At a glance...

Reviewer Platform Publisher Developer Players
Andrew Rouse PC/Mac Introversion Software Introversion Software 1-4 (Online, LAN)
Requirements Buy from Amazon.co.uk
2GHz Processor, 512MB RAM, 60MB HDD space, 32MB video card Click here to buy Multiwinia.

Multiwinia review

Multiwinia is the most recent game from independent developers Introversion and the mutiplayer follow up to one of their previous games, Darwinia (which we rather liked). Time has moved on since the time of Darwinia, and the Darwinians - the virtual inhabitants of the game -have mutated into different colours, formed tribes and gone to war over the limited resources left in the world of Darwinia.

Mutiwinia does a neat trick of keeping the setting and artwork of Darwinia but takes the actual gameplay in a new direction. You control your army of Multiwinians directly, ordering them to move around, capture important points and attack enemy Multiwinians in order to meet the map objectives faster than your opponents. I use the word "faster" deliberately here; Multiwinia is a fast game with most game types being played with a default time limit of 10 or 15 minutes. Seconds wasted can result in missed opportunities as your opponent manages to take control of a vital spawn point, sending you down the long and twisted path towards losing the game. Or possibly not; perhaps letting him have that spawn point was a strategic decision on your part, which in turn will allow you to move more quickly across the other side of the map to take control of another point from which you can launch a stronger offensive.

The control scheme in Multiwinia is excellent. Left clicking and holding creates an expanding circle with which you can select your troops, a mechanic which feels designed with a console port in mind but which is very intuitive on a PC. You can promote Multiwinians to Officers who can then either order Multiwinians around them to go to a specific area, or they can lead a battle formation. Multiwinians in formation stand in regimented lines and march together as a group. In formation, they have greater range and don't cowardly run away from battle when outnumbered, but they are also more vulnerable from the sides or behind, and can't use grenades. The camera can be moved around freely, allowing you to view the battle from any perspective without disorienting you.

In Darwinia you could create and destroy special units at will after you'd discovered them in the game. In Multiwinia you must direct your Multiwinians to collect crates containing power-ups which may help you turn the game around or strengthen your defence. Alternatively, if you're unlucky, it could also be a plague that turns your Multiwinians evil. These crates do add a lot of variety and to the game but if you want a more predictable experience you can turn off the more unbalanced ones (such as the plague and the nukes) or disable crates altogether.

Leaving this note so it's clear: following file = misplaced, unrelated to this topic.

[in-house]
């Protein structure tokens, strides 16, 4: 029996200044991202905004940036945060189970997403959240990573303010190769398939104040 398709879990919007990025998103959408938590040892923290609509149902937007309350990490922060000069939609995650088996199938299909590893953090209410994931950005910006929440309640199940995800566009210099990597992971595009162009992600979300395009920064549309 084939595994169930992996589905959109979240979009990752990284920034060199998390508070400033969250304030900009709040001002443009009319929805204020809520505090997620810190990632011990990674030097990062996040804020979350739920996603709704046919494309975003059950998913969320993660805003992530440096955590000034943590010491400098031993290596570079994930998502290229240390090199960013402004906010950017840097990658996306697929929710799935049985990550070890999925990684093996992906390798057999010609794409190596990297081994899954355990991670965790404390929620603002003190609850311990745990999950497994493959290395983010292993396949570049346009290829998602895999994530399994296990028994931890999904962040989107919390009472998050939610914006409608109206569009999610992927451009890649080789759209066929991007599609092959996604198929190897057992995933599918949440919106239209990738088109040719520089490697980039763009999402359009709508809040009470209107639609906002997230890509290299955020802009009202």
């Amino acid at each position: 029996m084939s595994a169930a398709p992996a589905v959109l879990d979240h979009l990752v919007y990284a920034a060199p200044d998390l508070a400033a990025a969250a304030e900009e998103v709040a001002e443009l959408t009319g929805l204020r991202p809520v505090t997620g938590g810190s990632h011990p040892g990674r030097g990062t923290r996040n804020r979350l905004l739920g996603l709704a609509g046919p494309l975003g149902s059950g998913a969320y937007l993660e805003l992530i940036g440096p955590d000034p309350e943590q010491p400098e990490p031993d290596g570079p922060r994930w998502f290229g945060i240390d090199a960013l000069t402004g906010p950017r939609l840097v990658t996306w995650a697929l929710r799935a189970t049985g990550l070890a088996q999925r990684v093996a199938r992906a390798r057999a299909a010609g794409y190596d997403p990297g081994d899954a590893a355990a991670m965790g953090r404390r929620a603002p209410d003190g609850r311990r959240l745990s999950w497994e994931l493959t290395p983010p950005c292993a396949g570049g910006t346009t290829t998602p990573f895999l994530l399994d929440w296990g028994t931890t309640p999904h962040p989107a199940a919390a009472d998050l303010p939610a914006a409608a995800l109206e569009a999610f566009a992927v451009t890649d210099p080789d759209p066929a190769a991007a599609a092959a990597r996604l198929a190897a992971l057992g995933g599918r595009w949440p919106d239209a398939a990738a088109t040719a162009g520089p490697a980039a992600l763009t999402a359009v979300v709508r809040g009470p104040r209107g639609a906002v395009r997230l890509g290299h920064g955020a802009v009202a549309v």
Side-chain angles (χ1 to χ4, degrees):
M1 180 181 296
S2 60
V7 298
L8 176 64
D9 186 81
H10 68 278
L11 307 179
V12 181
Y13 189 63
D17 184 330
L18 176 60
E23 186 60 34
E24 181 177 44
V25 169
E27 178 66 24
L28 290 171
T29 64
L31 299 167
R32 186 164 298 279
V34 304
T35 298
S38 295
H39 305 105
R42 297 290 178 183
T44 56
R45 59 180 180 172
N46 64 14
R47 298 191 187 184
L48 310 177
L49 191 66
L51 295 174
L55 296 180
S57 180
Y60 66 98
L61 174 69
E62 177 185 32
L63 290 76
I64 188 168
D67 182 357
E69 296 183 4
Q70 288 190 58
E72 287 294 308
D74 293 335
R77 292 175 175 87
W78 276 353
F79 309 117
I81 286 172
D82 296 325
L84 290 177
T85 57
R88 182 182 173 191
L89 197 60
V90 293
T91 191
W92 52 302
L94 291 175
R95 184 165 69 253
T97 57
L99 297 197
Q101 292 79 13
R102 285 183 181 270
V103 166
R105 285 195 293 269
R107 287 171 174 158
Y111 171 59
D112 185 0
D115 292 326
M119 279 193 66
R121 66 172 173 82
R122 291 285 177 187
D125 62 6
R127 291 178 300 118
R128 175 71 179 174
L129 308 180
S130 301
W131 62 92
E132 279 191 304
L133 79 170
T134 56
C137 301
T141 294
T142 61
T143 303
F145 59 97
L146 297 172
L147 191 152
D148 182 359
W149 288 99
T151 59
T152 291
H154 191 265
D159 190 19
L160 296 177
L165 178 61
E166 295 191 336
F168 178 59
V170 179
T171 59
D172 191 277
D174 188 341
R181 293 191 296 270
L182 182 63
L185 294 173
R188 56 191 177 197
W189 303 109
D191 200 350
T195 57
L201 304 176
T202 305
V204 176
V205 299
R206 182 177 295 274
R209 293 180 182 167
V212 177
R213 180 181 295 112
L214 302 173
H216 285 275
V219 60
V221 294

As is expected of a primarily multiplayer game you can change some of the rules of the game such as the time limit, sudden death mode, how often crates drop, and whether the game should give an advantage to any players doing badly. Being able to disable most of the random aspects of the game should keep competitive players happy while still keeping the game varied.

There are just a few things in Multiwinia that irk me somewhat. There's no way to tell Multiwinians what to attack (you can only direct where they should go) and there's no way to tell them when to use grenades. Several times when confronted with a large enemy formation which could be wiped out with a few well placed grenades my Multiwinians would stand and shoot and then run away. Random crate pickups are both a blessing and a curse, you can feel quite hard done by when you fight hard for a crate only for it to turn out to contain an ants nest which then destroys half your troops. Multiwinians don't seem to understand about hills and somehow can completely fail to hit any enemies when they're both on the side of a steep hill. Also, the gently undulating terrain found in some of the maps makes it difficult to know what your Multiwinians can see and what they can't.

Despite these relatively minor niggles, Multiwinia remains a great game. It's very easy to get into but has enough depth and complexity to allow you to come up with different strategies to use against the AI or against the other players you'll meet online.

Ratings

Overall New, different, easy to pick up and play but with a few niggles that left me frustrated 7/10

Click here to buy Multiwinia from Amazon.co.uk.

Copyright Information

Website design and content (c) 1999-2014 allaboutgames.co.uk.

Creative Commons License
This work is licensed under a Creative Commons License, except where otherwise noted.

Smileys taken from Crack's Smilies.